Dr. Bloomfield cautions that people who've had a hip fracture should have realistic expectations. Surgery can fix the break in the bone, but the recovery can take six months to a year. During that time, you will work with a physical therapist and occupational therapist.

Some people fully regain their normal function after the recovery period. But many people never return to the level of function they had before the fracture.

Older adults who have a fracture, whether of the hip or another bone (such as the wrist or spine), are at higher risk for having another fracture. "One thing that should happen after a hip fracture is to get a bone density test if you haven't already had one," says Dr. Bloomfield. Even if you low bone density that does not quite meet the criteria for osteoporosis, you will probably be given an osteoporosis medication.

A recent study, published in JAMA Network Open (July 2018), found that only about 3 percent of 97,000 people who had a hip fracture and were not previously taking an osteoporosis medication were prescribed one within six months of being hospitalized. If your doctor doesn't mention it, ask about getting a bone density test.

Focus on Prevention

About 40 percent of older adults who suffer a hip fracture ultimately lose their independence, requiring long-term care. This is a scary statistic and a good reason to do all you can to focus on prevention. Up to half of all osteoporosis-related fractures can be prevented, according to the Natioanal Osteoporosis Foundation.

The keys to prevention are to keep bones strong, get a bone density test, take medication if you have osteoporosis and prevent falls (see box).

"Ultimately, prevention is the best treatment," says Dr. Bloomfield. "But not all falls are preventable, so keep your cell phone with you at all times if you feel unsteady."

Getting Help if You Fall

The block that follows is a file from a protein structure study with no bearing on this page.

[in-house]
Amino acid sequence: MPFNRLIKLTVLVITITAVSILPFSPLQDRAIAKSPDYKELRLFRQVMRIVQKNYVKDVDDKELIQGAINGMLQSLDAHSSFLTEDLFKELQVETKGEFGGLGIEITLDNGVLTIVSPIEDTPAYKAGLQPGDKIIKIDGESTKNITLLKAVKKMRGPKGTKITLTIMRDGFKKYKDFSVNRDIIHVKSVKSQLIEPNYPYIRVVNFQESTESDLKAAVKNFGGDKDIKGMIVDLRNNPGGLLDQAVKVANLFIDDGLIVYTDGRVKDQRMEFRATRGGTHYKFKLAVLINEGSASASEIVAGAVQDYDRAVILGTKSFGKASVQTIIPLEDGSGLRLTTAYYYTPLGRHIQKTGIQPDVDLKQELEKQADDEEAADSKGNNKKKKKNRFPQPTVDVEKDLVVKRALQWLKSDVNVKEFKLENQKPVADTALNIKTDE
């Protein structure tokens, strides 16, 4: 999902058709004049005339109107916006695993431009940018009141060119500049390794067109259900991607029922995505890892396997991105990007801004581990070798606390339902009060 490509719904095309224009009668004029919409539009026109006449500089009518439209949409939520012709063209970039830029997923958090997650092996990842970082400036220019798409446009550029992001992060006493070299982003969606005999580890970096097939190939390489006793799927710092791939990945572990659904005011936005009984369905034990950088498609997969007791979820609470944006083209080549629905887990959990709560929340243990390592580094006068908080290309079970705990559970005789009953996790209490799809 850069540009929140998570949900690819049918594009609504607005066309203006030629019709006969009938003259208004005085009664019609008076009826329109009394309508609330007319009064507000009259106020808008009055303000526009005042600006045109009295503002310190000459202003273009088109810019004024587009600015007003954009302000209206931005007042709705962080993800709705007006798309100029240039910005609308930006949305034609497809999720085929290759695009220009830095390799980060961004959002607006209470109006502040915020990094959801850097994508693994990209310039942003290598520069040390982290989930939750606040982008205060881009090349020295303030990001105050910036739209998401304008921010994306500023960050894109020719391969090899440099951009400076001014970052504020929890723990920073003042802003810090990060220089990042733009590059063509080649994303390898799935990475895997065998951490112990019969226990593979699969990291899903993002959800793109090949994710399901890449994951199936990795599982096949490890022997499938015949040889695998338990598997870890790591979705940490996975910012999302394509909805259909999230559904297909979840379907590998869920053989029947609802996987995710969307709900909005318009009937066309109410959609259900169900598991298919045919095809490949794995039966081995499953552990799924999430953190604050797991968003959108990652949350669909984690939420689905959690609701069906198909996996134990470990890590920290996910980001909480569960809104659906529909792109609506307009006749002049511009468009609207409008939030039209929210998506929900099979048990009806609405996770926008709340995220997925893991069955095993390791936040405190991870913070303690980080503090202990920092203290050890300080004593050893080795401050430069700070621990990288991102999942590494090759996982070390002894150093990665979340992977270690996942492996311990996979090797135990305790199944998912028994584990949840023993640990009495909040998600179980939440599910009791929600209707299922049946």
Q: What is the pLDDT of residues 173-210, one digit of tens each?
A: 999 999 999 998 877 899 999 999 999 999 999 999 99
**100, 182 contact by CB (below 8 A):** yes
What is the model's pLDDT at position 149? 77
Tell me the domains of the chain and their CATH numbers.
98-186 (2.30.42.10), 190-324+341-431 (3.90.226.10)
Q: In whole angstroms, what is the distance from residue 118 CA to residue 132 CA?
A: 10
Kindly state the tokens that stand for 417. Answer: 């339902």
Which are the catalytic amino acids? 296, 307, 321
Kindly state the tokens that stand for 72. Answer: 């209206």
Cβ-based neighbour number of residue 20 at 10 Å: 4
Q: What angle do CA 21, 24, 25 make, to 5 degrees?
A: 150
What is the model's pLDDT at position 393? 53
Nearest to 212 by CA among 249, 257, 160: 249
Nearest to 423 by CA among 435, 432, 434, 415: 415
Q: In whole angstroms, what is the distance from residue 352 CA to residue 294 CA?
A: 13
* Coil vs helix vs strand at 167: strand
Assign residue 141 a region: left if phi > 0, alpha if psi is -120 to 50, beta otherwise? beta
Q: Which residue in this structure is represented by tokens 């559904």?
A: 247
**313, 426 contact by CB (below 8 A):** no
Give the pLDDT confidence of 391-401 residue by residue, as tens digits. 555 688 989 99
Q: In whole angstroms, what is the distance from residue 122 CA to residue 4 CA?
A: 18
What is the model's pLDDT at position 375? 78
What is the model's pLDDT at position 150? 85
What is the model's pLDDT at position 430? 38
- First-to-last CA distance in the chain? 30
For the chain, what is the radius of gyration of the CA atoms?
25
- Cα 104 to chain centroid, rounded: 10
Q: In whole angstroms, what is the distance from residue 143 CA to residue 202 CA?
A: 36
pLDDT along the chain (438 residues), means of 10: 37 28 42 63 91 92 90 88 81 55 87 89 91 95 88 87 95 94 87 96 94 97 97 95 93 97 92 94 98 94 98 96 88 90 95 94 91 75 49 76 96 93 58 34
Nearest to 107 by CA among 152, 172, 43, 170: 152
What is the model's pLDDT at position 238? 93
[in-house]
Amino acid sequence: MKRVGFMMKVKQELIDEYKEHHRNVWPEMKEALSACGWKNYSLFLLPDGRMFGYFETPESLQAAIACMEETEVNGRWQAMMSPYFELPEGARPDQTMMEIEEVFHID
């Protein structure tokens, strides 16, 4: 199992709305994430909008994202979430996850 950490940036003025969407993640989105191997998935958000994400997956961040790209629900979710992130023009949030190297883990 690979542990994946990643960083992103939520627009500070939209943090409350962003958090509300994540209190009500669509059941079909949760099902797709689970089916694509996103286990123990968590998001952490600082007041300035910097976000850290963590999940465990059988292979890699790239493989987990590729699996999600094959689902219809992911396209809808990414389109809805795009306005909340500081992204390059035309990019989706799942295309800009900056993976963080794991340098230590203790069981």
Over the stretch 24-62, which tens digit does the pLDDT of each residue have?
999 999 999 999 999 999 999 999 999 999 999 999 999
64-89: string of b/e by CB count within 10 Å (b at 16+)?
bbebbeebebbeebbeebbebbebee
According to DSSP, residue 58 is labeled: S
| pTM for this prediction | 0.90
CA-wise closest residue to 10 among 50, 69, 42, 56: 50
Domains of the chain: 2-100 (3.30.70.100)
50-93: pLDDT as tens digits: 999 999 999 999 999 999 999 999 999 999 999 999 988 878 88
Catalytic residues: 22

lifealert

SolStock | Getty Images

If you fall and can't get up (just like in the TV commercial), call 911 immediately. Michael Bloomfield, MD, advises everyone who is at risk for falling to always keep their cell phone with them or wear a medical alert device (such as Life Alert). If you fall and don't get help for a prolonged period of time, the consequences can be serious. You may become dehydrated, and muscles can break down, releasing chemicals that can cause kidney damage. SolStock | Getty Images

What You Can Do to Prevent Hip Fracture

Keep Bones Strong:
- Get enough calcium (1,200 mg a day) and vitamin D (600 to 800IU a day).
- Engage in weight-bearing exercise (such as walking) 30minutes a day three to four times a week.
- Get screened for osteoporosis with a bone density test.
- If you have osteoporosis or osteopenia, take the medication your doctor prescribes.

Prevent Falling:
- Review the medications you take with your doctor to see if any of them can cause dizziness or sleepiness, which can increase your risk for falling.
- Get your eyes checked, and update your eyeglasses if needed.
- Address balance problems
- Do strength and balance exercises (such as tai chi).
- If you feel unsteady, use a cane, walker, or other assistive device.
- Safeguard your home (eliminate trip hazards, install grab bars in the bathroom and other areas where needed, and make sure your home is well lit).

Comments (0)

Be the first to comment on this post using the section below.

New to Arthritis Advisor? Register for Free!

Already Registered?
Log In